Hello, I am trying to come up with some ideas for a lock for my entry
door to prevent my children from opening it. It currently has a
single cylinder deadbolt, but my 2yo already has figured out how to
unlock it. He is pretty good about not doing it but I am worried that
he might respond to the doorbell and make it to the door before we
do. I considered converting it to a double cylinder, but I am a bit
concerned about putting a double cylinder on an egress, though I
believe it is allowed in Austin,TX. The other thought is to have a
2nd interior only deadbolt installed higher up on the door. The last
is the little chains and clasps, but I would prefer if the door will
not open at all. I've looked for everything I can think of, and have
yielded nothing so far. What does everyone else use?
add a door alarm, a noisy door is open annuciator, with a silence
button up high the kid ant reach, often its part of whole house
a good friend used a high up hook and eye.......
kids can be very challenging......... childproof everything
Yeah, I have one as part of the whole house alarm. But I really want
to _prevent_ the door from being opened. The alarm prevents people
going out w/o notice, but I really don't want him opening the door for
strangers and so on.
I've seen tamper proof outdoor spigots that require a wrench type
removable handle to turn on/off. Too bad there isn't some like this for
door locks. A handle with a hex wrench that fits into a socket in the
door and that can be removed when necessary.
What about a security latch similar to what many hotel rooms have on
entry doors? The door could be opened slightly, but at least your kid
could not escape.
This would be the fastest, quickest, cheapest, easiest:
but any of these will work well:
Keep the whole world singing . . . .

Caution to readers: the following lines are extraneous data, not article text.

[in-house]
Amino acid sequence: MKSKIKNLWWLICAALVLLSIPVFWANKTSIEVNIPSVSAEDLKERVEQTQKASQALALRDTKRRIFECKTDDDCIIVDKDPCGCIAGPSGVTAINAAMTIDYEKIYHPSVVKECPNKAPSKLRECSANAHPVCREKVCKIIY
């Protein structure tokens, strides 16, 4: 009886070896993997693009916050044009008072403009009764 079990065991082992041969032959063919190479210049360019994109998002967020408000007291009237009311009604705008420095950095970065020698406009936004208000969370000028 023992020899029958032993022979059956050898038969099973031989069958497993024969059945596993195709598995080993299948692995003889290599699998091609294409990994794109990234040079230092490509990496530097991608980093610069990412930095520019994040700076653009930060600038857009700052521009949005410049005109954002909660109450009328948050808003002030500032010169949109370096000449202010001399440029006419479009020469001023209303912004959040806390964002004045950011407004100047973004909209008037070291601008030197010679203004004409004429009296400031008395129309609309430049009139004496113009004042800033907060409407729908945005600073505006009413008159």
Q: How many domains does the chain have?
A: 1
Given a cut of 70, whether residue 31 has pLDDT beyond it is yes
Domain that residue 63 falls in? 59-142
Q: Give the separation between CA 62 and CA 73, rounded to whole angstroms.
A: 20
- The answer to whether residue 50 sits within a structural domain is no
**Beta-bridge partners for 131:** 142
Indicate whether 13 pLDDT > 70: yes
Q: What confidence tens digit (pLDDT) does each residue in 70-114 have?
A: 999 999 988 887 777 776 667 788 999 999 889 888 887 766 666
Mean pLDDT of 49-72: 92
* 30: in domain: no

I think what you are looking for is to prevent the child from unlocking
the door, not opening the door. Since your concerned about security,
unlocking the door is bad enough. Otherwise I would suggest one of those
latches that go on the top of the door that prevents it from opening.
Best bet is to take this opportunity to teach the child. My son has Down
Syndrome so I ended up putting a key lock on the inside. Its in violation
of local codes, but I have other priorities than that. If there is a fire
we have 6 first floor windows we can easily climb out of. Lots of my
interior doors have keylocks as well if there is any danger in that room.
Of course this makes the room more interesting. I keep the keys on top of
the door ledges. Now he figured out how to work a key lock because I
leave the key in my bedroom too often. Then he figured out to bang into
the door to get the key to drop. You can't stay in front of the forever.
Just hope that maturity comes with intelligence.
A door chain too high for him might be good. The top of the door metal
flap thingy might actually be good. If he realizes that unlocking the
door wont open it he may stop unlocking it.
I also have the door alarm. at this point though I put the knob back on
the door and a teaching him since he is able to get it now. Doesent have
it yet, but it wont be long.
I used to buy locks like this for pool gates. They can be had at lock shops
and are called "institutional" locks. Yes, they need special attention, and
yes, they are a pain, but yes, they do prevent someone from going outside
that doesn't belong there.
stay. We have a
lock in the doorknob and a second lock higher up. The upper lock was
keyed to open with the
same key as the other lock, but requires a key inside and out. We live
on the water and didn't want
the little ones waking before us and going out alone. As it was, the
two year old got away and
we found him leaning over the seawall looking at critters :o) The boys
were 2 and 3 at the time,
stayed for 5 weeks. Part of the entertainment was taking them to swim
lessons - very beneficial.
I don't know how this rates on safety measures - a key can be kept
nearby and out of reach
of the toddler. Don't leave jewelry or lipstick where he can get to it :o:)
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